Like many churches, we have a number of ‘medical experts’. These include a consultant at the Royal Marsden, a professor at King’s College, a retired GP and a doctor training in public health. We also have some ‘theological experts’. A vice-principal of a theological college, two other ministers with theological degrees and a couple of church members with graduate level theological education. Now, our ‘medical experts’ in the church would be the first to point out their expertise is limited and they are not specialists in viruses. Our ‘theological experts’ are also aware of the limits of their expertise. But together they are more than capable of guiding anyone in our church through the complex ideas and conflicting arguments. They would also all disagree with the ‘YouTube experts’. The virus is real. The vaccine is necessary and as safe as any other vaccine. We are not entering the Great Tribulation and Bill Gates is not the anti-Christ.

But what bothers me is not which group of ‘experts’ is right or wrong. My concern is an ecclesial one and a distinctively Baptist one.

The church members who sent the videos worship every week with their own ‘experts’. They share communion together, say the Lord’s Prayer and the Creed together, have watched their children grow in faith together, shared fellowship together over coffee, pray together and have committed to being church members together. To my knowledge none of the ‘experts’ in church have ever sought to do them harm, to lie or to deceive them. I am not aware there has ever been a significant falling out.

So why would you trust the views of someone you have never met rather than the views of someone you not only know, but are supposed to be in covenant fellowship with? Why are real Christian relationships abandoned?

Sadly, and in very simple terms, it’s just easier. It’s threatening to dialogue with someone who knows what they are talking about, who knows more than you know but who you also know disagrees with you. It’s hard listening to someone who is not going to make it easy for you to go on believing what you want to believe.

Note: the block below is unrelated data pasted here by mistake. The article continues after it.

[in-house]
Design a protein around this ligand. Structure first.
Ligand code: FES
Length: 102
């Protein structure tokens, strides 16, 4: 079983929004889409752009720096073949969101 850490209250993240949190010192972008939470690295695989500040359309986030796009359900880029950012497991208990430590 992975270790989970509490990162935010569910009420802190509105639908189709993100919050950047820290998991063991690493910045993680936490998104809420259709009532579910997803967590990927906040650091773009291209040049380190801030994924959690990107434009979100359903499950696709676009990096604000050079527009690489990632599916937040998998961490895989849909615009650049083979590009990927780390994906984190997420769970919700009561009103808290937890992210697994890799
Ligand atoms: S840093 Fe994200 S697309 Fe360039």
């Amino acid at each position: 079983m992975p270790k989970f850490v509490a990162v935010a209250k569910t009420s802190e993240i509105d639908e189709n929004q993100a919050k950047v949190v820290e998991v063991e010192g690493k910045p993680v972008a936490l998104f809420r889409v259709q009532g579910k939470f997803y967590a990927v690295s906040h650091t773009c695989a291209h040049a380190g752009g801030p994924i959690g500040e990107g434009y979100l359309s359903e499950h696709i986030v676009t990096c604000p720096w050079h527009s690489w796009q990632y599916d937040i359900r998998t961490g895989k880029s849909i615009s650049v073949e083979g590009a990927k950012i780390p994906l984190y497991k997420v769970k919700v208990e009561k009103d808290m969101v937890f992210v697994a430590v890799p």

But what bothers me more is not so much that ‘they’ do it but that I also do it. We all do it. The issues may be less obvious and we may have clever strategies for hiding our differences but it’s still the same issue. We struggle with one another in church but it’s just easier to avoid the difficult conversation. We know we are a community of sinners with very different experiences of life. Conflict in church life is surely inevitable but for most of us we avoid it. The one community on earth who should be extraordinarily good at this kind of thing is far too often not very good at it at all.

In chapter 3 of Dan White’s Subterranean: Why the future of the church is rootedness, he explores the disconnect between the transfer spiritual information and the relational health of the local church.

‘Our current unquestioned approaches to transferring spiritual information are brutal on the virtue of practice. Practice is the inner quality of being formed and informed by the bumps, bruises, and baptism of application. Practice is at the soul of being a Jesus-follower but more so it becomes the material for credibility for the people of God.’ (p.35)

A serious disconnect has been created between spiritual knowledge and spiritual formation. Church members spend years together listening to sermons and sitting in Bible studies without the need to actually get to know one another, let alone truly love one another. White calls this the absence of ‘immersion’. ‘Immersion’ is a ‘full-bodied participation and practice in the information we encounter.’ Thankfully, many people do get to know one another and we have seen the depth of love shared between church members during the pandemic. But this has not been universally shared. It means that I can believe an ‘expert’ I have never met without any awareness that at the same time it says something deeply profound about how I understand the nature of my relationship to another ‘expert’; the one whom I worship with and who is my sister or brother in Christ.

The internet has made the world an extraordinary place. The freedom and availability of information is mind-boggling and much of it is to be celebrated. But it is a complex world in which we benefit from ‘experts’ to help us navigate these complexities. In a world increasingly suspicious of ‘experts’, who do I trust? But the ‘experts’ I need most are not those who know more than me but the ones who love more than me. Not the ones who are the first to tell me what is right and what is wrong but the ones who choose to walk with me in a broken world.  Who will help me when I am tempted to avoid differences rather than to embrace the differences, that I might become more Christian and we might become more like the body of Christ.

Maybe it’s culture’s veneration of the autonomous self, society’s suspicion of ‘experts’, the collapse of truly meaningful relationships, the democratisation of knowledge all creeping into church life, hidden in plain sight. Maybe it’s not. But it still bothers me.